The ultimate goal of this workshop was not only to evaluate the effectiveness of terrorist propaganda on the web and its influence on the target audience, but to recommend practical steps that can be taken to counter this effectiveness. This included the exploitation of vulnerabilities resulting from jihadists' behavior online, and the analysis of jihadist forums and websites for intelligence gathering.
The meeting concluded with an outline of a working plan for countering online recruitment by terrorist organizations. Participants agreed that in order to do this, it is important to target the not-yet-persuaded potential recruits—in particular the younger generation, who are the primary targets of extremist online recruitment. There are phases in the radicalization process when people are most susceptible to manipulation; we need to aim our own counter-radicalization message at those who are at this phase. The psychology of this is very important: extremists exploit the need for belonging, the need for roots and authenticity, the “angry young man” syndrome.
We learned that there is a whole “science of seduction” that we can use to our advantage to counter the extremists' messages. To put this to good use, we need to understand our audience and learn to identify with them enough to know what messages are effective. Branding is an effective way of marketing alternative viewpoints, but first we need to arrive at a common lexicon and a common sense of our own identity, in order to know what it is we're selling.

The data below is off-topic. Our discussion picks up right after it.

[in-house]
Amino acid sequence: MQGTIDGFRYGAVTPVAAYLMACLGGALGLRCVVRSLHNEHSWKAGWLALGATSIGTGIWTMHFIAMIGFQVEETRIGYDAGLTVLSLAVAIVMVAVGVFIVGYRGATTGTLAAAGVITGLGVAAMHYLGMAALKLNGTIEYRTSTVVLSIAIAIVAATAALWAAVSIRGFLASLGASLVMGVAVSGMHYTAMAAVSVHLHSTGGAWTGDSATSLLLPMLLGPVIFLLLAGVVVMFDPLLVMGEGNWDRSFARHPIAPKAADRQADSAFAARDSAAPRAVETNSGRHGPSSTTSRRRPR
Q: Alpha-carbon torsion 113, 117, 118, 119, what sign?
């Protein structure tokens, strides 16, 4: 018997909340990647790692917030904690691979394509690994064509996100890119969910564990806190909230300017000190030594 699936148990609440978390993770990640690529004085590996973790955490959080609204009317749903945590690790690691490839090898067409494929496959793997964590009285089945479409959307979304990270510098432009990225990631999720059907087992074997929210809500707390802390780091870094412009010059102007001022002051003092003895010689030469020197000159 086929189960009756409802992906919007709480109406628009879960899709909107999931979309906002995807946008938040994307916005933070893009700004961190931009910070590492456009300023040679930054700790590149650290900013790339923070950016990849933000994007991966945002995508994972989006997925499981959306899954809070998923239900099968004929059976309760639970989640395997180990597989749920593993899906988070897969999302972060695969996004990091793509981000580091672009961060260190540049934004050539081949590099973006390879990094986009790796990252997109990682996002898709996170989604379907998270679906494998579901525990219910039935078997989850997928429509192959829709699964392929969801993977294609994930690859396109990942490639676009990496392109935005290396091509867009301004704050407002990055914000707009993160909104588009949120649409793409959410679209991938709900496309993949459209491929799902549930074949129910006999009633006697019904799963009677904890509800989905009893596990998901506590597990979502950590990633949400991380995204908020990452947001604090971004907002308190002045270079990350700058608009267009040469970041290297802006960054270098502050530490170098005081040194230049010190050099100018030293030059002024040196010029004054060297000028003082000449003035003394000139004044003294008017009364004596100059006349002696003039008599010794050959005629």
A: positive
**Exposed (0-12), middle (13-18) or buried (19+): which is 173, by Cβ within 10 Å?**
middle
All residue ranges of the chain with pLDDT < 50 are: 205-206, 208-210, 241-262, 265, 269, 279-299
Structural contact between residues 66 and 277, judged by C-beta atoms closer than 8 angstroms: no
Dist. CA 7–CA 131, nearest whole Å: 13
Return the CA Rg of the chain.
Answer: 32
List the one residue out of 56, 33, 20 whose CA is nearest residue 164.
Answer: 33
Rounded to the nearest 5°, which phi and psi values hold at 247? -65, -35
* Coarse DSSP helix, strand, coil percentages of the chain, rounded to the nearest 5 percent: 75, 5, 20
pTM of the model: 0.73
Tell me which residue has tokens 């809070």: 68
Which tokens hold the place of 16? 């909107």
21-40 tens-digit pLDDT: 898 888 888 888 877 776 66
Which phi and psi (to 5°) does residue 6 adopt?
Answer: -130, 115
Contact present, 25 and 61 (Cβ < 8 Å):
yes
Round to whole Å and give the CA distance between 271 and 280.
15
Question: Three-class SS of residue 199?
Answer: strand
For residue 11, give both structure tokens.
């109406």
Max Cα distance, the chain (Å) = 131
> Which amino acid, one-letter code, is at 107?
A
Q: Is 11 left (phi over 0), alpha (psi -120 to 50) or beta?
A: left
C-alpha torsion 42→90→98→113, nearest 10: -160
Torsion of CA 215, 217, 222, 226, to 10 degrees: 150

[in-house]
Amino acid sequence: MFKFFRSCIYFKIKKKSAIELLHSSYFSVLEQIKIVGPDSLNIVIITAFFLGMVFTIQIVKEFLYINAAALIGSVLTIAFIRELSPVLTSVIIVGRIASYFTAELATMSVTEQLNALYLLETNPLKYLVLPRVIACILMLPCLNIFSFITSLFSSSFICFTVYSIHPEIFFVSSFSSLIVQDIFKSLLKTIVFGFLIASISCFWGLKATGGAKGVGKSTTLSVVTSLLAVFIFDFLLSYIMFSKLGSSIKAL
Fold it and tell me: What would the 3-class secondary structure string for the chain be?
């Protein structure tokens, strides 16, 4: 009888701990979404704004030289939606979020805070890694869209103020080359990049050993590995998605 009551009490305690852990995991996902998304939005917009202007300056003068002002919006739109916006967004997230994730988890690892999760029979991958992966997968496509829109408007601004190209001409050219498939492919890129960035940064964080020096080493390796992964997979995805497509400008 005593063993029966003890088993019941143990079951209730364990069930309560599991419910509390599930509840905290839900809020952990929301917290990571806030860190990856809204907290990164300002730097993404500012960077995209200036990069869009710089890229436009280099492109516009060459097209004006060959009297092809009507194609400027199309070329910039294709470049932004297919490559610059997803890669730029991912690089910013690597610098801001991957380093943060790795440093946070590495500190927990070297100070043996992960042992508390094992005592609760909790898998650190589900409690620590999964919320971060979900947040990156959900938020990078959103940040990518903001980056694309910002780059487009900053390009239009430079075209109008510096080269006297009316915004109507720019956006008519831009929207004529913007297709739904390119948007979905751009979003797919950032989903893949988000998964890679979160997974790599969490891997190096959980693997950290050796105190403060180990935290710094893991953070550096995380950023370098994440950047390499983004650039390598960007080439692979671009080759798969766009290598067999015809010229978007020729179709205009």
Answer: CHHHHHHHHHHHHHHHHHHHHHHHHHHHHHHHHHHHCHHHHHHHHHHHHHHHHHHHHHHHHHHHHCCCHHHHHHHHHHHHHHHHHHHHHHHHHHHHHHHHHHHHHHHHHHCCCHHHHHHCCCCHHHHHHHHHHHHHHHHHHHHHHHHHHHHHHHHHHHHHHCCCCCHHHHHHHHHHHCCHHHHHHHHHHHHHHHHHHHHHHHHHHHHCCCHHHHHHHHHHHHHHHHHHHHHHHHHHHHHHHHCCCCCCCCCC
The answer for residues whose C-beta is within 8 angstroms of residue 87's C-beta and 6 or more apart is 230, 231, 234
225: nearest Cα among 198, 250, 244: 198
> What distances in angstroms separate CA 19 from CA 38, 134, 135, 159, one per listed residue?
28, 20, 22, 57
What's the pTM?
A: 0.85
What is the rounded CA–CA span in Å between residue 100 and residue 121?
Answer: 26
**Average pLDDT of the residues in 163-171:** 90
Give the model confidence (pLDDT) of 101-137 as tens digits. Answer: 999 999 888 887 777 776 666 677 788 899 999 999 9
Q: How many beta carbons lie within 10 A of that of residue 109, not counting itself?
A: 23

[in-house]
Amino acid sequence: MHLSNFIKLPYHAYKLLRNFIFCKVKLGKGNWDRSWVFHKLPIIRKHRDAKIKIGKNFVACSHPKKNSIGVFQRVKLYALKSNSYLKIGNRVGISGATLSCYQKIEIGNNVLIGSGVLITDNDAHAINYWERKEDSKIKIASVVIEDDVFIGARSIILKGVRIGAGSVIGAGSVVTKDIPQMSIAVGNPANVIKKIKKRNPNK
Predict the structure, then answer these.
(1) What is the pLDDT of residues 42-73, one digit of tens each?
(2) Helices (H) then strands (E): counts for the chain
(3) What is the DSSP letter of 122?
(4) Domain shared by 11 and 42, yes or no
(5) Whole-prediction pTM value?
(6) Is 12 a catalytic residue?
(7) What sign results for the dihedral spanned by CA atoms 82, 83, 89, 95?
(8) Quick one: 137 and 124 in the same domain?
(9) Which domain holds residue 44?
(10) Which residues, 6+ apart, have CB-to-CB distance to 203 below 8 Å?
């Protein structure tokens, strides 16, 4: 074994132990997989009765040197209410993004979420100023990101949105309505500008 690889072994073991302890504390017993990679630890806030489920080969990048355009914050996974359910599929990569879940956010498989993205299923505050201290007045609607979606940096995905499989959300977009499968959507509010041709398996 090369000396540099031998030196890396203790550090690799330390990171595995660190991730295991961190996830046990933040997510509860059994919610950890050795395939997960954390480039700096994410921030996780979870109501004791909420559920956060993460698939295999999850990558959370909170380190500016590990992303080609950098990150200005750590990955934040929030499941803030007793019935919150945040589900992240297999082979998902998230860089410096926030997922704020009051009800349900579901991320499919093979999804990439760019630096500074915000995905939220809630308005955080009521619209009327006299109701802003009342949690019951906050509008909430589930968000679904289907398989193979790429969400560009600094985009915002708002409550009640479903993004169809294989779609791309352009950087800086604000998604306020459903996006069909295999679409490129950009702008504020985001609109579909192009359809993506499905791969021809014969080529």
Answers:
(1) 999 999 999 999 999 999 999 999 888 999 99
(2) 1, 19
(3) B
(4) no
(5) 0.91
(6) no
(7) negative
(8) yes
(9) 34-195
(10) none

At the same time, the extremists themselves, in their discussions in the public space of the Internet, give us some hints of their own vulnerabilities. There are plenty of things that we can do in cyberspace to hamper their operations. Some of these possibilities are discussed in the lectures that follow.
To counter the extremists' message, we will have to understand that we are competing for the same audience that they are. We need to learn to operate in the same spheres in which the extremists themselves operate. At the same time, this must be carried out in a sensitive and well thought-out manner, in order to avoid alienating the very audience that we would like to affect. For this and other reasons, it was decided that the best agents for countering extremists on the web are not governments but private individuals, in particular, those in the communities most at risk of extremist propaganda.
Overall, the workshop provided a lively and stimulating venue for discussing one of today's most pressing issues. Moreover, the discussions helped to lay the foundation for future work in this important area.
Terrorism is effective because we don't understand it and, too often, treat it as either a criminal offense or a form of conventional warfare. We do not address it as a form of asymmetric conflict and psychological warfare, but instead try to combat it with traditional military tactics. Too often, these merely play into terrorist hands. By adopting the language and mindset of conventional warfare, we constrain our thinking, and, by extension, our options. As my father used to say: “When the only tool you have is a hammer, everything looks like a nail.” To be successful, we must expand our operational tool kit, with heavy emphasis on PsyOps and Covert Action. These are critical if we are to be successful in the protracted conflicted in which we are currently engaged.